Reply to Critics

This article responds to the four contributors to the book symposium on Conscience and Conviction: The Case for Civil Disobedience. Those four contributors are Thomas Hill Jr, David Lefkowitz, William Smith, and Daniel Weinstock . Hill examines the concepts of conviction and conscience (Chapters 1 and 2); Smith discusses conviction and then analyses the right to civil disobedience ...

‘Drugs That Make You Feel Bad’? Remorse-Based Mitigation and Neurointerventions

In many jurisdictions, an offender’s remorse is considered to be a relevant factor to take into account in mitigation at sentencing. The growing philosophical interest in the use of neurointerventions in criminal justice raises an important question about such remorse-based mitigation: to what extent should technologically facilitated remorse be honoured such that it is permitted ...

Why Tolerate Conscience?

In Why Tolerate Religion?, Brian Leiter argues against the special legal status of religion, claiming that religion should not be the only ground for exemptions to the law and that this form of protection should be, in principle, available for the claims of secular conscience as well. However, in the last chapter of his book, he objects to a universal regime of exemptions for both ...

Neurolaw and Direct Brain Interventions

This issue of Criminal Law and Philosophy contains three papers on a topic of increasing importance within the field of “neurolaw”—namely, the implications for criminal law of direct brain intervention based mind altering techniques (DBI’s). To locate these papers’ topic within a broader context, I begin with an overview of some prominent topics in the field of neurolaw, where ...

Restoring Responsibility: Promoting Justice, Therapy and Reform Through Direct Brain Interventions

Direct brain intervention based mental capacity restoration techniques—for instance, psycho-active drugs—are sometimes used in criminal cases to promote the aims of justice. For instance, they might be used to restore a person’s competence to stand trial in order to assess the degree of their responsibility for what they did, or to restore their competence for punishment so that we ...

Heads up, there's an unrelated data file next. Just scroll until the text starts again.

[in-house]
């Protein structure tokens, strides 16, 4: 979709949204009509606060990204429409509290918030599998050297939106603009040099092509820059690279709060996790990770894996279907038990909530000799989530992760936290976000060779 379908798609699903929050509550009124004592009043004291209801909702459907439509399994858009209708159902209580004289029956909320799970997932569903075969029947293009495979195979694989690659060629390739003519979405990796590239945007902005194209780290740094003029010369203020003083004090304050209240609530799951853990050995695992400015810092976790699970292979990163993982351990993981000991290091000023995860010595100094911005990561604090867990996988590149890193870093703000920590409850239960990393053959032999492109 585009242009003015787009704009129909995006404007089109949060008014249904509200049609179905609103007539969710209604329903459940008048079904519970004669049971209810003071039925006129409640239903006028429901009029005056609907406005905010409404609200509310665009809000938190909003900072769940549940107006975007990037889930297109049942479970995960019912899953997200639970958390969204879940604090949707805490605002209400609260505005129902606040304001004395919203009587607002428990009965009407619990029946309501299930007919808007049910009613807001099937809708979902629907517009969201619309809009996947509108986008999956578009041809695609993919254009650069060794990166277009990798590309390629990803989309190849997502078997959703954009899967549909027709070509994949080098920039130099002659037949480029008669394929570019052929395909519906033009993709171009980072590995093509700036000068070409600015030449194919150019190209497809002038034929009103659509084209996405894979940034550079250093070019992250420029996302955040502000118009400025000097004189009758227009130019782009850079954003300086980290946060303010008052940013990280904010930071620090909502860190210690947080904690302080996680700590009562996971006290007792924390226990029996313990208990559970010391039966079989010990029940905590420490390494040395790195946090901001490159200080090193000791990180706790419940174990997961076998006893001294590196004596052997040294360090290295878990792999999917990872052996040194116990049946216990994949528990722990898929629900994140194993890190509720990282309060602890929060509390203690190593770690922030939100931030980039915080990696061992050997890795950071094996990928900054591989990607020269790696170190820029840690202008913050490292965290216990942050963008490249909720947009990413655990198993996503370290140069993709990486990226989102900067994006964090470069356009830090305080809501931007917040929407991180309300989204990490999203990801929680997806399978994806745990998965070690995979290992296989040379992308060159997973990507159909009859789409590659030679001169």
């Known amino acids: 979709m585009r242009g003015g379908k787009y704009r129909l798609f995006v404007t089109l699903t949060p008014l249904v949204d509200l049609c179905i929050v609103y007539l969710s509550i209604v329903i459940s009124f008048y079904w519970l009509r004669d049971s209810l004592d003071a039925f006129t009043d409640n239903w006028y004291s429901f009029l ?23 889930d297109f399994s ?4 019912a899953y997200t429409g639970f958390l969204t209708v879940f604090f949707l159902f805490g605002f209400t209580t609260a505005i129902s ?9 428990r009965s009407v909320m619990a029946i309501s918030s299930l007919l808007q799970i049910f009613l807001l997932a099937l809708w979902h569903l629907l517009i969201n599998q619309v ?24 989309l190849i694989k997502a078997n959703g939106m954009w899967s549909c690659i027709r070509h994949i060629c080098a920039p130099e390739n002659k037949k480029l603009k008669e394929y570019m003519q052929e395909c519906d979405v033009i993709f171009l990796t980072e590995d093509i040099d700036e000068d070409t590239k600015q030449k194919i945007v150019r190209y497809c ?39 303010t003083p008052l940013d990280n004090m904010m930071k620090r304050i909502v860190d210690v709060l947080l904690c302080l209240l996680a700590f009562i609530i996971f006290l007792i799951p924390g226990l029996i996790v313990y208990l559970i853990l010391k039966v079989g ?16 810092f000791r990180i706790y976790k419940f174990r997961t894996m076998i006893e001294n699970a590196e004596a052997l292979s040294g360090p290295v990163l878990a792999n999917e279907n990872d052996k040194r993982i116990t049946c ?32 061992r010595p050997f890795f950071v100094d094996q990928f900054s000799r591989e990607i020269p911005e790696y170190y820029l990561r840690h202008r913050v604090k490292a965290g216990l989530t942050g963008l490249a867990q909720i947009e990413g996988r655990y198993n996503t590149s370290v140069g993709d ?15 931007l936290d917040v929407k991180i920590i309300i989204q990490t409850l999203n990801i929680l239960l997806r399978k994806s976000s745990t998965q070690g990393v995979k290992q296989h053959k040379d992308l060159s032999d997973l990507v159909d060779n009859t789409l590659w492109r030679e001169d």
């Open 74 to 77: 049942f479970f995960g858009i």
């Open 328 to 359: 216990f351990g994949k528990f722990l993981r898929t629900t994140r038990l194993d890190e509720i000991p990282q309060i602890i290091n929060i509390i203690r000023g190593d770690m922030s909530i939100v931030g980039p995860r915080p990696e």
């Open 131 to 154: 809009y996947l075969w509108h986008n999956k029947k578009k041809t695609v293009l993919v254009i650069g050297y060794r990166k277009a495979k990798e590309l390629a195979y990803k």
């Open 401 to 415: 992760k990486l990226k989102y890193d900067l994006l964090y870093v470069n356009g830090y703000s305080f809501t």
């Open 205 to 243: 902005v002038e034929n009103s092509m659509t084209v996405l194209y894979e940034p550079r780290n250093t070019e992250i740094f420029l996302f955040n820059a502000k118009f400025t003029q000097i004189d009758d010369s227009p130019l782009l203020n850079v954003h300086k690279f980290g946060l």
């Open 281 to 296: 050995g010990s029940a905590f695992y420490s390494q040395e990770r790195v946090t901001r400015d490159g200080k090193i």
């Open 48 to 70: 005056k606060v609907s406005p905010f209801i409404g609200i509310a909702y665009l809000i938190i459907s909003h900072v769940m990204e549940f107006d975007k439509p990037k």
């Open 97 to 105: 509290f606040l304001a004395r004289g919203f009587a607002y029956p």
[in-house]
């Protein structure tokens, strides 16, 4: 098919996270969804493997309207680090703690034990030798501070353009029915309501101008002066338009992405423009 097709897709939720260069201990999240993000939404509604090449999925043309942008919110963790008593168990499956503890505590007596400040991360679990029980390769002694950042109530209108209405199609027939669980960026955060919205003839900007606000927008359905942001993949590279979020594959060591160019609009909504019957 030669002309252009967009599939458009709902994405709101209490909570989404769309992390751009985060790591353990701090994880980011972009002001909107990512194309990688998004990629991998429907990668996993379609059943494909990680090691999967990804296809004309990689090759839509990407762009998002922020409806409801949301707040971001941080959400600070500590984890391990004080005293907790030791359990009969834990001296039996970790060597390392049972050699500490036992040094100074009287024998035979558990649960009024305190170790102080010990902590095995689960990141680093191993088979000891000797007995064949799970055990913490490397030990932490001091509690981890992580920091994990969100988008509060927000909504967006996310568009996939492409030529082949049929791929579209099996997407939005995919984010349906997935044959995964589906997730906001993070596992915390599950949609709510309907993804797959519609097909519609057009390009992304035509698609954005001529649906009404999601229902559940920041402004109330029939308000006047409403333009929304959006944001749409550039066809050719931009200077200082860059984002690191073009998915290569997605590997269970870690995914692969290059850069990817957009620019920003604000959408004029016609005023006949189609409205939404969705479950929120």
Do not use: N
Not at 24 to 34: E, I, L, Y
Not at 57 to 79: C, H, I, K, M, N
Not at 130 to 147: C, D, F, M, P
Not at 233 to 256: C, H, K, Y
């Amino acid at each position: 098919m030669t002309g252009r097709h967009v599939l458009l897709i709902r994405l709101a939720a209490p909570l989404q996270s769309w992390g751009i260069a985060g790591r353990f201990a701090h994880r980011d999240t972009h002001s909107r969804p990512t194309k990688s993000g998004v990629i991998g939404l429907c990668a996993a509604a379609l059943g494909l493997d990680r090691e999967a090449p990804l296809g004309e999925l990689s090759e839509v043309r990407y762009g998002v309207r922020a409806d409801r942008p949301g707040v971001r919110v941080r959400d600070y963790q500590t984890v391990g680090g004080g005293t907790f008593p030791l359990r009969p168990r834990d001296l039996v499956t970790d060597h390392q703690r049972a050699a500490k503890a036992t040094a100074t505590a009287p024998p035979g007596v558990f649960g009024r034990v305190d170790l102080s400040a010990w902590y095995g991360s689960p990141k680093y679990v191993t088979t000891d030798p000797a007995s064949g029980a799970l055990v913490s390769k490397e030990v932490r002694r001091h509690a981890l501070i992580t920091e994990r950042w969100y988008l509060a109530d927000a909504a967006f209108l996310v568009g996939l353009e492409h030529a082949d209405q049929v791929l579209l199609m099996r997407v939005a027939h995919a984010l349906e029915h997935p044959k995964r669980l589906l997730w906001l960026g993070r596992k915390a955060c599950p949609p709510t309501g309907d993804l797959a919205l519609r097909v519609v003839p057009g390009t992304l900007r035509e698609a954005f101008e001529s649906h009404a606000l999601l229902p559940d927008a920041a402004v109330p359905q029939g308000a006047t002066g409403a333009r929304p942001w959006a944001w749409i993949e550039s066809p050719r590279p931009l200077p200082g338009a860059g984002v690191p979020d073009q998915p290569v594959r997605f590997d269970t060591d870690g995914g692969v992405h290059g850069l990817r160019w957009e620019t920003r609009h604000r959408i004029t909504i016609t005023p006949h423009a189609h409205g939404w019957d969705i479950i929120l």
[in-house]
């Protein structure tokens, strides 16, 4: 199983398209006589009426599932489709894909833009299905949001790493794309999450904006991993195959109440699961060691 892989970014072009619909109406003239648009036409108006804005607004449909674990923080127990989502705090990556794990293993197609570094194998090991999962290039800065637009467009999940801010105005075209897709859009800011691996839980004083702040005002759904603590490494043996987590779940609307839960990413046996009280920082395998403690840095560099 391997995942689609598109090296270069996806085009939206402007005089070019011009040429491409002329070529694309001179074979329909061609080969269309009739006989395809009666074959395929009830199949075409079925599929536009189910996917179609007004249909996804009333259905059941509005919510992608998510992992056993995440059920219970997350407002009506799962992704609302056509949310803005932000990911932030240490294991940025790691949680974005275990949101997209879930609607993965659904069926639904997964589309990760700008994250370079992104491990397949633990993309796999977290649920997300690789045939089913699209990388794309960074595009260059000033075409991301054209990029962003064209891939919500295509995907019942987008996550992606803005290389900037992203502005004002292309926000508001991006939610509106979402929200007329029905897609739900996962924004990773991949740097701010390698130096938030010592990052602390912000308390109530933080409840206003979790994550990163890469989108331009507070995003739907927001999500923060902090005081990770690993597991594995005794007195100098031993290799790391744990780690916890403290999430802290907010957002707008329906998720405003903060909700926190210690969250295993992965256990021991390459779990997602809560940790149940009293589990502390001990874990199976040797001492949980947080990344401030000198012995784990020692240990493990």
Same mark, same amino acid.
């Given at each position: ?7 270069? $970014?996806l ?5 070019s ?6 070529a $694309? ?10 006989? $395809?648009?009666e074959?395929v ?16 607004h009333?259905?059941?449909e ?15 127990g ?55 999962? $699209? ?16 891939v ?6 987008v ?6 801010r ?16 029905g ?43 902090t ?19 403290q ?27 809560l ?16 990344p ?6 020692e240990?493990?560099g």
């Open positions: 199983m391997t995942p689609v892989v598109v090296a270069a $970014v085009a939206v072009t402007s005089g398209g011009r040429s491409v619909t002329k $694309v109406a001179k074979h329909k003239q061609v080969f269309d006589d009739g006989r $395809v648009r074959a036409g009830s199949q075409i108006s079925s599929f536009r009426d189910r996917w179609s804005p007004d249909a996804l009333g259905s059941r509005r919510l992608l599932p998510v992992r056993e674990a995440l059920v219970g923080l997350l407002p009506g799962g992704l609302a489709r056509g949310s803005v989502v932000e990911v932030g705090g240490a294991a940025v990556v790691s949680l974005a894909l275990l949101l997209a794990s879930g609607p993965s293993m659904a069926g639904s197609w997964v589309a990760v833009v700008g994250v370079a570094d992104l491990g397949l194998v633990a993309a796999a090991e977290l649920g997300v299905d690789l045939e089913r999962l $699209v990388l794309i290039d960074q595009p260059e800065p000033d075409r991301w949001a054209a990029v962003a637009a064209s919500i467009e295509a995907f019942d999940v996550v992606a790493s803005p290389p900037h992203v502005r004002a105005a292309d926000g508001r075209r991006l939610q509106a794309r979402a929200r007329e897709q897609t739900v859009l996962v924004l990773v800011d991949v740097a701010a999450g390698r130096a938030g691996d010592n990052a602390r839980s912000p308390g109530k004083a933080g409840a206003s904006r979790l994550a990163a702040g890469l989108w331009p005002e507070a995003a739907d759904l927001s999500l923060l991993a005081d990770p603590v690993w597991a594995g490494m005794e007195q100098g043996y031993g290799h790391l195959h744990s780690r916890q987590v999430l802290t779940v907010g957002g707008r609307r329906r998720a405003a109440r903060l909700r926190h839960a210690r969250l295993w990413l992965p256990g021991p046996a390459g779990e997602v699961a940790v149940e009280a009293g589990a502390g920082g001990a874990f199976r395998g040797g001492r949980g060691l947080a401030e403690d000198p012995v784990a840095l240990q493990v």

Political Neutrality and Punishment

This paper is concerned with the tensions that arise when one juxtaposes one important liberal understanding of the nature and use of state power in circumstances of pluralism and (broadly) retributive accounts of punishment. The argument is that there are aspects of the liberal theory that seem to be in tension with aspects of retributive punishment, and that these tensions are ...

Continuity and Change

This is the first issue of Criminal Law and Philosophy for which Antony Duff does not serve as Editor-in-Chief. With his usual generosity, he has always shared that title with others. Over the past several years—since Volume 2—he has shared that title with me. In truth, however, Criminal Law and Philosophy has always been Antony’s journal. The idea to launch the journal was largely ...

Duff on the Legitimacy of Punishment of Socially Deprived Offenders

Duff offered an argument for the conclusion that just or legitimate punishment of socially deprived offenders in our unjust society is impossible. One of the claims in his argument is that our courts have the standing to blame an offender only if our polity has the right to do so since our courts are acting as the representatives of, or to use the exact phrases by Duff, “in the ...